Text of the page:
2. Choose secondary goals.
Most of us start races with a best-case-scenario goal in mind. That’s fine, but it should not be your only goal. You just never know what your body is going to be capable of on any given day. You can do everything right in your preparation and in your race execution and still fall short of your highest expectations because your body simply happens to be “flat” on that day.
Typically it is apparent within the first mile or two of a race whether you’re going to have a good day or a flat one. Discovering that you’re flat can be quite discouraging, but it will be less so if you have a more attainable secondary goal to fall back on.
3. Don’t frown.
When runners are really hurting in races you can usually tell just by looking at their faces. But a study by Samuele Marcora at the University of Kent found that ugly faces not only express suffering during exercise, they also increase it. That’s right: You’ll actually feel a little better in races if you relax your face and try to appear totally comfortable to those around you.
4. Choose a “crisis thought”.
Olympian Kara Goucher chooses a “power word” for every major race. When her mood starts to darken during the most challenging parts of the race she calls upon her power word for comfort and strength. Other runners have special mantras that they use repeatedly for a similar purpose in all of their races and even in tough works.
I myself prefer a tough-love approach. When I start to feel sorry for myself in races and tough workouts I tell myself, “Man up!” Choose your own “crisis thought” that gives you comfort and strength when you need it.
5. Train your way.
The more you’re able to enjoy a race, the better you’re likely to perform. Likewise, the more you enjoy the entire training process, the more improvement you’re likely to derive from it. There is more than one way to train for races. Don’t feel obligated to train in a certain way. Free yourself to train in the way you most enjoy. If you hate running around a track, don’t. If you love running up mountains, do it often. You’ll invest more in workouts you enjoy and thus get more out of them.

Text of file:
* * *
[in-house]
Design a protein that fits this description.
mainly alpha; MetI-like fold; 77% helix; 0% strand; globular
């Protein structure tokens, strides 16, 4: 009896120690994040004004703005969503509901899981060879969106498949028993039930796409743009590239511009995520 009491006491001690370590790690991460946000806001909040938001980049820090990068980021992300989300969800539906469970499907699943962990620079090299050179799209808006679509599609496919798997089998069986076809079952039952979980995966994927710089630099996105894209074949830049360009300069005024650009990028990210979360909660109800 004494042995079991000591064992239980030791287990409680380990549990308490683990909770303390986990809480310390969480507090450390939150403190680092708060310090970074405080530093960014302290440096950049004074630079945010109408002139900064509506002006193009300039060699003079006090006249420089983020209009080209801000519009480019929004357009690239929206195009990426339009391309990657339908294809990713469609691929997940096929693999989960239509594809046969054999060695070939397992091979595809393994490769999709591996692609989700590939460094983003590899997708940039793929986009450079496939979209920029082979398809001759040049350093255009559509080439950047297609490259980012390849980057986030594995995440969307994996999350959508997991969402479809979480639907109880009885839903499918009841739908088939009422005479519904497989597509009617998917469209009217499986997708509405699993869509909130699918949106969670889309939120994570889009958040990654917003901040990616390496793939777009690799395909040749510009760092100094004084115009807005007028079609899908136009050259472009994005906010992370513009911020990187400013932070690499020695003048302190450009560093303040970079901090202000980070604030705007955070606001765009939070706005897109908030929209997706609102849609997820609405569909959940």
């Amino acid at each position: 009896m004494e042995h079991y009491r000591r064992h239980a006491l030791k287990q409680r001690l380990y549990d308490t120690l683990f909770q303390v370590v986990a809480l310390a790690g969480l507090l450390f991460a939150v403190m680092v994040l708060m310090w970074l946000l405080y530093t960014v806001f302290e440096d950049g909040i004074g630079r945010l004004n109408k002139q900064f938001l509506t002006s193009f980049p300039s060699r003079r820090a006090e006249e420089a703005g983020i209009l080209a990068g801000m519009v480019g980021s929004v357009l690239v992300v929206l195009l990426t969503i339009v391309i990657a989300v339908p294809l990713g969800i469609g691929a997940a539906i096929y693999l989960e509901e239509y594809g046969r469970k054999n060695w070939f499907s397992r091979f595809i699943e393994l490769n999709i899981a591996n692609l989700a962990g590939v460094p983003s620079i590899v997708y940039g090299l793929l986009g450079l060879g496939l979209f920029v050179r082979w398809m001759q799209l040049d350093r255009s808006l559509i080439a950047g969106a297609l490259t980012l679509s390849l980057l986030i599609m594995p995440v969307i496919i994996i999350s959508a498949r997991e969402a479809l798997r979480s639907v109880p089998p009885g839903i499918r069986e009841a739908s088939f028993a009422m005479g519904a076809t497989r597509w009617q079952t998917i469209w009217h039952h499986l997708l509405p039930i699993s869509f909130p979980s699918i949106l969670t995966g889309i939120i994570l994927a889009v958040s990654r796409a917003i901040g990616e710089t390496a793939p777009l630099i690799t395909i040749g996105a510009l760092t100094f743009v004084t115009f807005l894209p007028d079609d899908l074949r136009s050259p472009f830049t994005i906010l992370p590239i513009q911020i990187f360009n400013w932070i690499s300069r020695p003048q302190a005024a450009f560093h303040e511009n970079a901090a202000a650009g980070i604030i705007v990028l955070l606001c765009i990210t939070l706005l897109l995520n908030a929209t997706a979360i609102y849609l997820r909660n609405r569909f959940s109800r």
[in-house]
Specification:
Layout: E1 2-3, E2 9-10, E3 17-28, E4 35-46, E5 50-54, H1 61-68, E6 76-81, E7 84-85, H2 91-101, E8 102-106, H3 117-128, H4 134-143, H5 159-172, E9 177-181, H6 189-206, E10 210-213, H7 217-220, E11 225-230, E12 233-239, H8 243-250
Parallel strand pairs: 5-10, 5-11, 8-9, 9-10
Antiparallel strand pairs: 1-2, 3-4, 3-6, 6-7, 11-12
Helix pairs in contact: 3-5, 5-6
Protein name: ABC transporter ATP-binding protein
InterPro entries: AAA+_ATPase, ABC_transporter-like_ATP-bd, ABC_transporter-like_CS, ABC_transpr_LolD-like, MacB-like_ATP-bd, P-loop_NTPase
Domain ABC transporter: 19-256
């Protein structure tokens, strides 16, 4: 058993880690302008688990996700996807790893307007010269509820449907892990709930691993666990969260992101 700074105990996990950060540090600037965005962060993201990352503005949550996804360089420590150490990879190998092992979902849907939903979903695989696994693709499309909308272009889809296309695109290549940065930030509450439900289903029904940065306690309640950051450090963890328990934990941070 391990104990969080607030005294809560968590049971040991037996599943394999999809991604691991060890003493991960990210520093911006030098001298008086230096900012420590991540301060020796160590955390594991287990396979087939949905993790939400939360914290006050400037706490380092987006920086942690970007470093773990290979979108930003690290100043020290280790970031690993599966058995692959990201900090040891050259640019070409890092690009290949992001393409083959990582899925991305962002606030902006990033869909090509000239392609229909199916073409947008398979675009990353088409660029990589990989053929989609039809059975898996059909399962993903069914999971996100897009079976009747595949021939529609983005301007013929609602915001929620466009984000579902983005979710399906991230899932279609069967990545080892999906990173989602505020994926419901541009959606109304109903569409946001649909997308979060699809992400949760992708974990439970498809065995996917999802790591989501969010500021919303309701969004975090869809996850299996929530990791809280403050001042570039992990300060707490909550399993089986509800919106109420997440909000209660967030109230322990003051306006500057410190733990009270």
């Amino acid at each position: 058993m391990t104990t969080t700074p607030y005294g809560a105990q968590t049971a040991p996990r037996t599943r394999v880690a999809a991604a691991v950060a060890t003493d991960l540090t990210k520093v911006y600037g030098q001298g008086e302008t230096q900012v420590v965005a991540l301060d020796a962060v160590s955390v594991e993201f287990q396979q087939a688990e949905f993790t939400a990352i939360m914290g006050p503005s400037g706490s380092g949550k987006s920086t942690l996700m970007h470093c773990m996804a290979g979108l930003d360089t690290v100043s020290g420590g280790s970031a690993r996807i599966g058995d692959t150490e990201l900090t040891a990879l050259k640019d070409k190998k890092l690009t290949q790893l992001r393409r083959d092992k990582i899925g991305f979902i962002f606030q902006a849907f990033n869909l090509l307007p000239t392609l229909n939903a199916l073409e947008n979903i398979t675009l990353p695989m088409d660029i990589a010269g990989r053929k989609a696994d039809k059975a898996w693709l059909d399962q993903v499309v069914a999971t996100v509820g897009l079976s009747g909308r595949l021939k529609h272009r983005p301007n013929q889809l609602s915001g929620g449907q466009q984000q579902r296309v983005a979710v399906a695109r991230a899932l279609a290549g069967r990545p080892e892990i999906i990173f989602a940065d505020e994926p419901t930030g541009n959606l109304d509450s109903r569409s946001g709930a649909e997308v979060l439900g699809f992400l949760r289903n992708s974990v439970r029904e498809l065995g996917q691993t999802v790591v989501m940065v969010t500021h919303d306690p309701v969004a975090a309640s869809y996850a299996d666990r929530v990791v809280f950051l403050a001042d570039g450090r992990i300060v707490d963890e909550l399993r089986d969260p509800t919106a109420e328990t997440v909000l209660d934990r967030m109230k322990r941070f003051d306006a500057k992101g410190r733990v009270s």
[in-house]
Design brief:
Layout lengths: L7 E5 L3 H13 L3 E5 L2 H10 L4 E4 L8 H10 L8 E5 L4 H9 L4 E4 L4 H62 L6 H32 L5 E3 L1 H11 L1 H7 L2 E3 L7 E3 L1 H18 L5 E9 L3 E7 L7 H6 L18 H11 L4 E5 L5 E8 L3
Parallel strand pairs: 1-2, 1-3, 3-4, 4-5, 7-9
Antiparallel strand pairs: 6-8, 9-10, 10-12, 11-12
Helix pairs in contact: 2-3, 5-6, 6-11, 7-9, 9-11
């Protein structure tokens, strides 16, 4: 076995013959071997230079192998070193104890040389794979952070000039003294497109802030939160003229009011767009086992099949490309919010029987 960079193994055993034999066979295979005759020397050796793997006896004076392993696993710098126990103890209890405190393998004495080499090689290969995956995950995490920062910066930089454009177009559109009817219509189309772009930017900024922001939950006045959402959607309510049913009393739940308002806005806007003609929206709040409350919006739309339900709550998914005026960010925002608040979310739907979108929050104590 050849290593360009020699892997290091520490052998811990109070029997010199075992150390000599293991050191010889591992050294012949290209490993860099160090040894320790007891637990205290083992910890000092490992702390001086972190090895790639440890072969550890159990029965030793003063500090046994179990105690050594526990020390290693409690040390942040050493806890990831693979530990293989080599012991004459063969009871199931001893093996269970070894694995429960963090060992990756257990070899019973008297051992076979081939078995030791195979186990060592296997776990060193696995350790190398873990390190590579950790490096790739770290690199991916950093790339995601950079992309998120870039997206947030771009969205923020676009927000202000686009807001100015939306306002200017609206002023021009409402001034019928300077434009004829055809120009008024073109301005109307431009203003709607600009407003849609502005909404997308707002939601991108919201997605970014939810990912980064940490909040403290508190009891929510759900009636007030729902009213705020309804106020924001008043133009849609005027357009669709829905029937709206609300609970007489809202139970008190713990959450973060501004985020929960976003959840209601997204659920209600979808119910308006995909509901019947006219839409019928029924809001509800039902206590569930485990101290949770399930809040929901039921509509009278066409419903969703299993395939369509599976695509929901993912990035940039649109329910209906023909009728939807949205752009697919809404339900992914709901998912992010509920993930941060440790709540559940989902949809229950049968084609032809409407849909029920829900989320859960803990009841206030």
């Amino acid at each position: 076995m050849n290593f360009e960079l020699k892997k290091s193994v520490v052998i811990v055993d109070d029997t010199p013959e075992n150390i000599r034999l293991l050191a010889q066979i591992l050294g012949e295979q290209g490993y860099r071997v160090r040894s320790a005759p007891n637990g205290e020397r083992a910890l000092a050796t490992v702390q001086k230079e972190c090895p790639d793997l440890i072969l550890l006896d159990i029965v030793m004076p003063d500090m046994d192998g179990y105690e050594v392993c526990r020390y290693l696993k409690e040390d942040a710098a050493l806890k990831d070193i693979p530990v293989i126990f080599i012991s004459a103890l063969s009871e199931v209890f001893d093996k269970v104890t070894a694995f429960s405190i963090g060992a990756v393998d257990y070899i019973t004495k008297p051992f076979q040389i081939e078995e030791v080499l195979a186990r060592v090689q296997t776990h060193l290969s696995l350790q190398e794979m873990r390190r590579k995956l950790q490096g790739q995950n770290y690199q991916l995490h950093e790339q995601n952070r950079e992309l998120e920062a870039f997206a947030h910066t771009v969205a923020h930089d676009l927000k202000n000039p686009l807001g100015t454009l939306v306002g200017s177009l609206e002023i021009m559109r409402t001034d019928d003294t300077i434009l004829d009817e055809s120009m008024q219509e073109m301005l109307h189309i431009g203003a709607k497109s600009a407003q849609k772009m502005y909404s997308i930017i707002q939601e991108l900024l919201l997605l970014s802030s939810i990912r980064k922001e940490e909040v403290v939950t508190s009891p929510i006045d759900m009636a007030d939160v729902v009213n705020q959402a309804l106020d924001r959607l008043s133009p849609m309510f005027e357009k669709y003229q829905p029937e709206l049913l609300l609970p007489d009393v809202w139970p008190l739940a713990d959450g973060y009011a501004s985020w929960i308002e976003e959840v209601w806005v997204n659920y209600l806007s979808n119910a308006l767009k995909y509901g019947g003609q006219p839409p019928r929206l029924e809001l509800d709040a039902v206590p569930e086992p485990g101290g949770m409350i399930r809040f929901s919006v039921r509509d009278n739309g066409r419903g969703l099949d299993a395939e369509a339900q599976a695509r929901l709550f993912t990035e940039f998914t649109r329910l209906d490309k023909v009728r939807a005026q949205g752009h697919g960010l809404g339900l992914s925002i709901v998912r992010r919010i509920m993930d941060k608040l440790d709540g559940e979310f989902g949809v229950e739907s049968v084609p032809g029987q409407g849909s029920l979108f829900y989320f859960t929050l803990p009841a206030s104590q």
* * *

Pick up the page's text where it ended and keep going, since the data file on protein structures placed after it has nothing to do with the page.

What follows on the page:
On the other hand, your training approach should not be completely self-indulgent. You need to face your fears and tackle some of your least favorite workouts in training or else you won’t be fully prepared to tackle the challenge of racing. In a recent interview, Kara Goucher said, “I would say once if not twice a week I get really nervous [for workouts].” While unpleasant, that anxiety is a good thing, because completing workouts that are hard enough to make Goucher nervous beforehand makes her less fearful in races. “I can look back and to ask myself to run a PR doesn’t seem scary because I’ve proven to myself now consistently that I’m ready to do that,” she said.
Follow Goucher’s example and scare yourself a little in training so you’re less scared when the start horn sounds.